Jul 19

How to deploy Microsoft Lync 2010 Mobility Service (for mobile devices like the iPad and iPhone)

Deploying Microsoft Lync 2010 mobility services for iPad and iPhone

After much struggle to get my iPad to work with Lync server (I tried everything from certificates to configuring the edge server, etc.) I found out Microsoft lets those mobile devices connect via web services but you need to install them. The installation surprisingly seems like a hack more than a simple wizard the way Microsoft does it. All the answers can be easily found on the link mobility documentation from Microsoft but I found a great guide online I´m going to share below. I recommend you visit the link for up to date content I´m just copying it here so if for some reason the link changes or the content goes down the information is not lost. Good luck with your deployment!

 

The original content may be found here: http://blog.schertz.name/2011/12/deploying-the-lync-2010-mobility-service/

Now that the Lync 2010 Mobility Service has been out for a week there has been ample time, relatively speaking, to dissect the documentation, run through multiple installation attempts, and perform some initial discovery work on exactly what this new service is and how it appears to function.  Understanding these concepts can greatly increase the odds of a successful deployment, and this article addresses some of the more complicated or potentially confusing aspects of the overall solution.

(A special thanks goes out to Dave Howe at Microsoft for yet again fielding numerous questions related to how the new Mobility service operates in the undocumented areas.)

Prerequisites

Before beginning the configuration and deployment steps in this article first make sure that each of the following packages has been downloaded; it is also recommended to review the official deployment guide.

An important requirement is that the Mobility service is not supported on a Front End server with a collocated Mediation Server role that has two separate network interfaces which are configured separately as a primary interface for Lync server/client communications and a PSTN interface.  A traditional single-homed collocated Front End server is supported and works fine, it is only the multiple NIC scenario that is not.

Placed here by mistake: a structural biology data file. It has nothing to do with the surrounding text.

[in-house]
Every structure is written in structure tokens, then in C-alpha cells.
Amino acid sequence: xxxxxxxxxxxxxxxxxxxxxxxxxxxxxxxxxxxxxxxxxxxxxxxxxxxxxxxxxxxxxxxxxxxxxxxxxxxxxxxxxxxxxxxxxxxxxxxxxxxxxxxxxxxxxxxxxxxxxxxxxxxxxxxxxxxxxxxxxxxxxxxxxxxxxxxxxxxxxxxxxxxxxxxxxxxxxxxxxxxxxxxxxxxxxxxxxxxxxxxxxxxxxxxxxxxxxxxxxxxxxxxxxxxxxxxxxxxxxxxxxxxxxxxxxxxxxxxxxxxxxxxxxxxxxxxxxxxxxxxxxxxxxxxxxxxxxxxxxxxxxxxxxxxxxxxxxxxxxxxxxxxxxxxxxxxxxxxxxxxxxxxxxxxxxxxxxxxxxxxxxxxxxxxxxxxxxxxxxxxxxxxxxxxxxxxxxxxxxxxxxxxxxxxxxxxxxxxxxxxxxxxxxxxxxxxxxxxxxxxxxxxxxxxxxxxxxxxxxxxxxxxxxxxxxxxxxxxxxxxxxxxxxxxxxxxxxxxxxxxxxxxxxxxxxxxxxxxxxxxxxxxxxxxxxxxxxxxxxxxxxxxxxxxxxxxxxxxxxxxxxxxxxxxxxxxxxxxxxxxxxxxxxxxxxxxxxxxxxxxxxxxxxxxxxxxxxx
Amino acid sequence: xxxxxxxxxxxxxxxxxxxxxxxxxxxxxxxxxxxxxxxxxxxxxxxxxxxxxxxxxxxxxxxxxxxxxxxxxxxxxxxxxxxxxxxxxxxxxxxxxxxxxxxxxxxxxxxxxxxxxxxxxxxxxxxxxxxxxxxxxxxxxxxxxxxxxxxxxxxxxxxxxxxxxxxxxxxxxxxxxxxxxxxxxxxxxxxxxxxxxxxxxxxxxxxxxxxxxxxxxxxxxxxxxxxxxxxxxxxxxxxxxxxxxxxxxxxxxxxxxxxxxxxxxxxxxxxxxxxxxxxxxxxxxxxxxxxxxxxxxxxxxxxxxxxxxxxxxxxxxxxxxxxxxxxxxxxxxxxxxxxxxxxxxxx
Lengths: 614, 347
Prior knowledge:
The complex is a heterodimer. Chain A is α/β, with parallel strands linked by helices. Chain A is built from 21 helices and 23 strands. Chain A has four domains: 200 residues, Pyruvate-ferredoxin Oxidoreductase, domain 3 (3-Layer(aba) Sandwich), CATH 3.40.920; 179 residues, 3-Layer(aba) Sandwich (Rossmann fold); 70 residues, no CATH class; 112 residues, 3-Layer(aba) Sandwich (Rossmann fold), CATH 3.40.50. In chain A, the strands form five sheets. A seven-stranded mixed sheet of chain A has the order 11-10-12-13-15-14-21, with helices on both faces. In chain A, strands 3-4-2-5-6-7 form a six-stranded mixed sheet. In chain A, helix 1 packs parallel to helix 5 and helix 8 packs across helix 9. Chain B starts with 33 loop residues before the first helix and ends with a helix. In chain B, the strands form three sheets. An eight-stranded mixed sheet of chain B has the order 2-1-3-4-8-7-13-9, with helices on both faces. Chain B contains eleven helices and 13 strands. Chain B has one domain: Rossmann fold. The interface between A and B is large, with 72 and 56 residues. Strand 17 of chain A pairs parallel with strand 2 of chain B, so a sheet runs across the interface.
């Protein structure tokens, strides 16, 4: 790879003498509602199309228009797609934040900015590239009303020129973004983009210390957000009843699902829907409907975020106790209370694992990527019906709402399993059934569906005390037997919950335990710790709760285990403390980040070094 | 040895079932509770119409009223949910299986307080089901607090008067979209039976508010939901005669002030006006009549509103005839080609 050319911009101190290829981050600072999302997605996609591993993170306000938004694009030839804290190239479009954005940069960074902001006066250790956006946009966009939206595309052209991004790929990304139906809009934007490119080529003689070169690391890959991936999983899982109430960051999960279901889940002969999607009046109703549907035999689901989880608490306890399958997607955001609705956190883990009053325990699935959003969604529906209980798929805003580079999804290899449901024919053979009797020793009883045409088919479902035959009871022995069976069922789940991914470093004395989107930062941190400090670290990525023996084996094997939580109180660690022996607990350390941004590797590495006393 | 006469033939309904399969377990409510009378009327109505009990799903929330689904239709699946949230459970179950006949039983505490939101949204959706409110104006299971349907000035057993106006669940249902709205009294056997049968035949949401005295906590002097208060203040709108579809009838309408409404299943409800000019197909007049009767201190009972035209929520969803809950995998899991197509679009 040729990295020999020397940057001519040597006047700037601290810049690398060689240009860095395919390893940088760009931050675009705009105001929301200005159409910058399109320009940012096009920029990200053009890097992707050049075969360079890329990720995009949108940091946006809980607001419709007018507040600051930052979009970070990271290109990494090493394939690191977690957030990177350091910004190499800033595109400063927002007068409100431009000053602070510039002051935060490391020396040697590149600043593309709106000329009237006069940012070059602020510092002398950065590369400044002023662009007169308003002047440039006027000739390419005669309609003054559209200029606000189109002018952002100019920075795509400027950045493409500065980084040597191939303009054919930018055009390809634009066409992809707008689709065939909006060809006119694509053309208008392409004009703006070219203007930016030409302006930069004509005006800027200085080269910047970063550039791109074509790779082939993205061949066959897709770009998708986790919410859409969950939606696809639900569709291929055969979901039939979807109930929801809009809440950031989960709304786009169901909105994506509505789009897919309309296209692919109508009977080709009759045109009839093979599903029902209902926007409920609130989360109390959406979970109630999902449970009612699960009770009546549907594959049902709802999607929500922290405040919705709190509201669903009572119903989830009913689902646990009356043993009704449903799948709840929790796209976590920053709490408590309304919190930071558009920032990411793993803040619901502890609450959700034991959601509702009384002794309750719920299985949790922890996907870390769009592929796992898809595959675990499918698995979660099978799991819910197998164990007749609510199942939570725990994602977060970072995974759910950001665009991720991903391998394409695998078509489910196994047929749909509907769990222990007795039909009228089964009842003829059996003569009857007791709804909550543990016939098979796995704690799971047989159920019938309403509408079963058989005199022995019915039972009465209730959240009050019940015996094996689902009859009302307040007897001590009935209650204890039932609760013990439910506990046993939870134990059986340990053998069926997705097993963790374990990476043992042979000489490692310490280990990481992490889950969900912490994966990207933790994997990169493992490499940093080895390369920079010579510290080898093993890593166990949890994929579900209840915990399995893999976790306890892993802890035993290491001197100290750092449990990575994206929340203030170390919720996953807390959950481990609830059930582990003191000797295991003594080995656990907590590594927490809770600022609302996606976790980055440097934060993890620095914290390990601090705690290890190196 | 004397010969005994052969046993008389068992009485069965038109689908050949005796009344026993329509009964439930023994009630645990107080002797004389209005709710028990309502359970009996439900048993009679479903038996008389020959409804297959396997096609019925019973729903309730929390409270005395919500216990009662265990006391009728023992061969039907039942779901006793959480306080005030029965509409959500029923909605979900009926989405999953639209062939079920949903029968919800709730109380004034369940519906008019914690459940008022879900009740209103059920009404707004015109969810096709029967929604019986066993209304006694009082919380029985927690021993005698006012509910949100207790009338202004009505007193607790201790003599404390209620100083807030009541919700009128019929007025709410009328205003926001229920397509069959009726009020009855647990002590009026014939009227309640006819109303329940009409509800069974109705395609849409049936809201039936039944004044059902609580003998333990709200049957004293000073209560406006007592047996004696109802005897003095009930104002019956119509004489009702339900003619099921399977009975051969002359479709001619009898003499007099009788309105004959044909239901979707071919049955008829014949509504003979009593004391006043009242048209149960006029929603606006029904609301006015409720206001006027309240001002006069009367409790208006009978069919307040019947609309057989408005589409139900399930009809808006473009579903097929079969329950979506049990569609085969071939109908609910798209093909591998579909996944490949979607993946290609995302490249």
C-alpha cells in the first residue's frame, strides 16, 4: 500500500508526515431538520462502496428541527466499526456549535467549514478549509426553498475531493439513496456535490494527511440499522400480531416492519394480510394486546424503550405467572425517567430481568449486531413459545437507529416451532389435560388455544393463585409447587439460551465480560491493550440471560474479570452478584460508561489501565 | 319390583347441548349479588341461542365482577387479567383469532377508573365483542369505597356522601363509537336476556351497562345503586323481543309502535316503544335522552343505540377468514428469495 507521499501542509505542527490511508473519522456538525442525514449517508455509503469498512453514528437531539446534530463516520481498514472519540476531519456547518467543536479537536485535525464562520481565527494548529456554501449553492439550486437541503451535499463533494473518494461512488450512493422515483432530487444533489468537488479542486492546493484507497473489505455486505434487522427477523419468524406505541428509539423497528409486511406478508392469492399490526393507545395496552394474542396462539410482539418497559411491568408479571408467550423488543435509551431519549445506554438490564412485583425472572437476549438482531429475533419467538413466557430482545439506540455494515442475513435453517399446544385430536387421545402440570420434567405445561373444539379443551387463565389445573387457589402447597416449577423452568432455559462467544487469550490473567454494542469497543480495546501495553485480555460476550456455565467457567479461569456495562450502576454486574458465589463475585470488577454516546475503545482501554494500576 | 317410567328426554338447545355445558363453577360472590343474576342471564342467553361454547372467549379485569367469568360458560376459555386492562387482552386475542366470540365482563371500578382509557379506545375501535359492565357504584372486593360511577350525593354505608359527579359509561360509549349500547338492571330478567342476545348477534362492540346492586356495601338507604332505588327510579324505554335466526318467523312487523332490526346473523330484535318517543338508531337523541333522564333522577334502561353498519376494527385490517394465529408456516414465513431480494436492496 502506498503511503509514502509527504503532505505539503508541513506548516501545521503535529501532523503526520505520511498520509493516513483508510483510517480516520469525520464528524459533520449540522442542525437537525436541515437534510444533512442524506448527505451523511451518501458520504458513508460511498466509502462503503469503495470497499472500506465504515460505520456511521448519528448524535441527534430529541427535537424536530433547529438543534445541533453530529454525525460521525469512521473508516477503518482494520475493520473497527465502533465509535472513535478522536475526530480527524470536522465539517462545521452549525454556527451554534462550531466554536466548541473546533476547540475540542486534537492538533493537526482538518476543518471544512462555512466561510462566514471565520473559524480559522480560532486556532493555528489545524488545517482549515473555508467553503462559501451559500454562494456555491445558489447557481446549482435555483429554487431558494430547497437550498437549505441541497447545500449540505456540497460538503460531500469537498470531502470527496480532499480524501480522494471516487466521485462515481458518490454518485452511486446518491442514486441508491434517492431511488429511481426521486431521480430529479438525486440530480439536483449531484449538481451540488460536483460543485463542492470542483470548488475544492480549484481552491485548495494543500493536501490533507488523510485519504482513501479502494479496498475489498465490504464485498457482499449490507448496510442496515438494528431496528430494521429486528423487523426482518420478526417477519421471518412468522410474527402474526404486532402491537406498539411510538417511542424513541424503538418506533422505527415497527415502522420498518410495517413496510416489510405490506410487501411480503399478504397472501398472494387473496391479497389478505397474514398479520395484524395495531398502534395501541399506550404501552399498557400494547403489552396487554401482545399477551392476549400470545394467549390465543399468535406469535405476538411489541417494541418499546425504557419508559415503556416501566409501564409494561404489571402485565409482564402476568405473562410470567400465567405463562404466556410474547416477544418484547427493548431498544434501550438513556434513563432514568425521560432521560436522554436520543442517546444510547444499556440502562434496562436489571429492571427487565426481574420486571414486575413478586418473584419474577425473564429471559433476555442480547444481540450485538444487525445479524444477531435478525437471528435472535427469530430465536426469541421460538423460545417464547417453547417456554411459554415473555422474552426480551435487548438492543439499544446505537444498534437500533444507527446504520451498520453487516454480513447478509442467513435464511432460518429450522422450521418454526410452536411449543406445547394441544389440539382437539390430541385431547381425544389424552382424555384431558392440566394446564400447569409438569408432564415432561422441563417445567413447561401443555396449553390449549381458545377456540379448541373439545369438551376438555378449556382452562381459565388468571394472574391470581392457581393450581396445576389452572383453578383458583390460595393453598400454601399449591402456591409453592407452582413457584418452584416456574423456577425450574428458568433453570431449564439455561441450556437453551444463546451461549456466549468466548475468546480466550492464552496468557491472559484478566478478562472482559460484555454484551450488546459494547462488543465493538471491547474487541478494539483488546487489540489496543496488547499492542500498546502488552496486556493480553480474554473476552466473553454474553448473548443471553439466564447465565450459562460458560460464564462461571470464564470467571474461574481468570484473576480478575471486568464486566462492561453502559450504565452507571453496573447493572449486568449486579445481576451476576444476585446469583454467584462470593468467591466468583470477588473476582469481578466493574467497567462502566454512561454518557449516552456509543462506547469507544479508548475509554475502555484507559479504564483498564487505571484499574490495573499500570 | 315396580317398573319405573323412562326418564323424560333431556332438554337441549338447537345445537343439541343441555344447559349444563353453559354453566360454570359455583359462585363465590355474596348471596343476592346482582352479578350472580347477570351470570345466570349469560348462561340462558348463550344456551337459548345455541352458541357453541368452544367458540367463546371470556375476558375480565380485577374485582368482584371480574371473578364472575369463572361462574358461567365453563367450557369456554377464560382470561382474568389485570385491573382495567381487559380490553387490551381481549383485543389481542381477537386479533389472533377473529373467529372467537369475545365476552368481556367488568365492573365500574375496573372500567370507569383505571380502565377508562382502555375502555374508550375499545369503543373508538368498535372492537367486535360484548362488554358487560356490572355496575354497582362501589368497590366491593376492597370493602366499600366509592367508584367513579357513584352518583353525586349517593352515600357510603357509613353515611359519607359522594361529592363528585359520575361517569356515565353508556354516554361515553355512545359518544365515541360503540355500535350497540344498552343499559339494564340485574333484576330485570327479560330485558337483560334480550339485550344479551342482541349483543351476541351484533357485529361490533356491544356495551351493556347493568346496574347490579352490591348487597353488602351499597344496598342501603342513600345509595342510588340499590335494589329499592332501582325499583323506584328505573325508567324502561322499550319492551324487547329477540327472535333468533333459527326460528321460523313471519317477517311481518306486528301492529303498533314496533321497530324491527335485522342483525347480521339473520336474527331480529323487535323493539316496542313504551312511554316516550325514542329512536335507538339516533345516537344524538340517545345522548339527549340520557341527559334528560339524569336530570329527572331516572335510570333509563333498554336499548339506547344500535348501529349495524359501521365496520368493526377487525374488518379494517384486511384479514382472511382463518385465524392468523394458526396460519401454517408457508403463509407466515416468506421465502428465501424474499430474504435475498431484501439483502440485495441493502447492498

Environment Preparation

The example environment used in this article include a single Enterprise Edition Front End Server, Director Server, Edge Server, and Forefront TMG server for a reverse proxy.  All servers are running Windows Server 2008 R2 and Lync 2010 Server CU3 version software.  Steps which are different when a Director role is or is not deployed are specifically identified and explained in detail.

Configure Internal DNS

The first step is to define a new DNS record in the same internal forward lookup zone for each defined SIP domain in the Lync topology.  As the example environment has a single primary SIP domain defined as mslync.net then the internal and external Autodiscover records are created in this same namespace.

Both Alias (CNAME) or Host (A) records are supported, but the simpler approach of using CNAME records will be used for the internal record as this approach works better with a pool since additional server nodes would require additional autodiscover A records.  By using an alias record then the single pool FQDN will always be used as the resolution target.

  • Create a new internal DNS Alias (CNAME) record with an Alias Name of lyncdiscoverinternal for the new internal autodiscover FQDN and set the target host as the Director FQDN (e.g. lyncdir.schertz.local) or Front End pool/server FQDN if no Director is deployed.

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Install Cumulative Update 4

Before installation of the Mobility service each Lync Server must first be upgraded to Cumulative Update 4.

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  • Using the Lync Server Management Shell stop all Lync services with the Stop-CsWindowsService cmdlet.

Stop-CsWindowsService

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  • Then stop IIS World Wide Web Publishing Service using the command net stop w3svc in the same shell window.

net stop w3svc

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  • Launch the LyncServerUpdateInstaller.exe hotfix package on the server and select Install Updates to automatically deploy on line the required update packages on the server.  Verify that the latest installed version is checked in green before exiting the installer.

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  • Restart the server if prompted, otherwise re-issue the Stop-CsWindowsService cmdlet to once again stop the Lync services.